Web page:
Nor can we agree, as plaintiff argues, that Kennedy v. U.S. Fidelity, etc., Co. , 113 N.J.L. 431 (E. & A. 1934), has bearing on the present problem. In Kennedy the decedent underwent substantial physical and emotional strain while driving a fire apparatus to a fire. Upon his return to the firehouse he stepped down from his truck, asked for a cigarette, and without more, dropped unconscious to the floor. He never revived. Against the contention of the defendant's medical witnesses that death was due to a diseased heart condition, as contrasted with accidental bodily injury, plaintiff offered medical proof from which it could be inferred that death was due to acute dilatation of the heart; that the dilatation was not a pathological condition but was the physiological effect of the strain upon a man who was not suffering from heart disease; and thus in a proper sense the dilatation was a bodily injury. Hence, said the court, a jury question was presented as to which of the contending medical theories should be accepted. The
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distinctions between Kennedy and the present case are obvious. Foremost among them is that in Kennedy the proof permitted the conclusion that the victim was not afflicted by any physical ailment, heart disease included, and so the dilatation accidently induced was the sole cause of death.
While Kievit and Mahon stand strongly for liberality of construction, they serve also to point up the distinction in judicial purview between an active, patent progressive disease which in its very nature is competent to contribute to death, and a latent or dormant, symptom-free condition, possibly aggravated or exacerbated by bodily injury.
Thus, in each case where a recovery is sought, a factual determination must be made of the category in which the underlying disease falls. This may in many instances require resolution by a jury of conflicting medical or legal testimony, or of the inferences to be drawn from uncontradicted testimony. However, where such conflict does not appear directly or inferentially, the sufficiency of plaintiff's proofs to bring him within the coverage of the policy is for the court. In this connection it must be remembered that the burden rests upon the plaintiff to prove that he comes within the policy. Where, as here, his medical proofs establish affirmatively that the active disease with which he was afflicted, and for which he was being treated, not only was competent to contribute to his death, but in the opinion of his own physician, did in fact operate in conjunction with an accidental injury to produce his demise, the court has no alternative but to take the case from the jury. To do otherwise would be to render meaningless the words by which the parties expressed their bargain and would permit the jury by its verdict to express a medical opinion which the trained physician declined to venture.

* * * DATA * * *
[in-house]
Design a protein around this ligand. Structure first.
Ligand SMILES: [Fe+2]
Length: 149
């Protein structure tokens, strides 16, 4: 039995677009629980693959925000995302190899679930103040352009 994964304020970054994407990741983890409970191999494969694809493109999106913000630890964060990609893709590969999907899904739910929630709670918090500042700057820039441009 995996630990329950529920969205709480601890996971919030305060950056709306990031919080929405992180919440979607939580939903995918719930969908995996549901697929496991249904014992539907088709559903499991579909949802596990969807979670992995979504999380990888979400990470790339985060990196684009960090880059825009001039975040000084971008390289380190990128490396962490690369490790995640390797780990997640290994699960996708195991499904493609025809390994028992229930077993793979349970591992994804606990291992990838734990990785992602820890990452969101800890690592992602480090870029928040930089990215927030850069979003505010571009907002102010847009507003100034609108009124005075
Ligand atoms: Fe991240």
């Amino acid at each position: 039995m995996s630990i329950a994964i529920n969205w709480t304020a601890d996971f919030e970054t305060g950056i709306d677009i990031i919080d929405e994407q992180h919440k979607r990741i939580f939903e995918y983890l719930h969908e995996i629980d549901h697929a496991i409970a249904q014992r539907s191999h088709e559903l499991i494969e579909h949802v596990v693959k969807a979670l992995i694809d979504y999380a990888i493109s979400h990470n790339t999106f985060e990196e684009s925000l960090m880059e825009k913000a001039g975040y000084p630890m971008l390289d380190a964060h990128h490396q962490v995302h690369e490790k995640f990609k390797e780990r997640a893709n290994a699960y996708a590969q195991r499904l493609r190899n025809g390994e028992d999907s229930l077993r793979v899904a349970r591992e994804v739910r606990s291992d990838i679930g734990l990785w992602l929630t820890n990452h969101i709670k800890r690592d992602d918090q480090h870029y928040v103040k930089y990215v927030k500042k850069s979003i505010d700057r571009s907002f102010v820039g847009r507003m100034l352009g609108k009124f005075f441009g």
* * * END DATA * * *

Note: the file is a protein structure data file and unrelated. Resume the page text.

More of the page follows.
Finally, we consider the suggestion advanced by plaintiff that defendant issued the policy "with tongue in cheek, ignoring the fact that a man 70 1/2 years of age when the policy was first issued and 72 1/2 years of age on renewal
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thereof when the decedent died, was subject to the usual aging processes," and that the defendant knew "that on a strict construction of the policy, it could be absolved of liability in spite of the fact that a substantial part of the premium was paid for such coverage."
The plain answer to this argument is that for the very reason of the assured's advanced years, the policy was intended to extend restricted coverage, such intention being highlighted by the small premium which was paid. While, as appellant observes, the insurance company took the assured's physical condition as it found it subject to all of the infirmities of old age, the assured, on the other hand, took the policy as it was written with all of the limitations of its clearly expressed coverage. Common sense dictates that no reasonable person at age 72 suffering from arteriosclerotic heart disease complicated by an aneurysm and diabetes would expect to be found insurable for life insurance purposes , and that if under any circumstances he was able to obtain for $31 a year an insurance policy which contained a death benefit of $10,000, he would know that the benefit would be limited to a coverage area of extremely small compass. Compare the circumstances of the age and condition of good health of the insured at the original writing of the policy, and the lengthy duration of the agreement prior to the accident, adverted to in Kievit, supra , 34 N.J. , at p. 489.
Yet, the scope of coverage here was not so limited that a court should say that decedent received little or nothing for his money. There are many situations which would have required payment of the benefit by the company notwithstanding the assured's physical infirmities; for example, a suddenly fatal airplane, highway, rail, steamship, or household accident, in which other persons lost their lives or were severely injured, or an accident not immediately fatal but involving the inflicting of bodily injuries on the assured from which he would probably have died, even if prior thereto he had been in a perfect state of health. It was
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with a view to such occurrences, or the like, that the parties bargained.
Liberality in the construction of an agreement against the drafter when ambiguity appears, or when strict construction would contravene public policy, is a salutary principle. But it should not be used as excuse to read into a private agreement that which is not there, and that which people dealing fairly with one another could not have intended. So employed, it debases the law.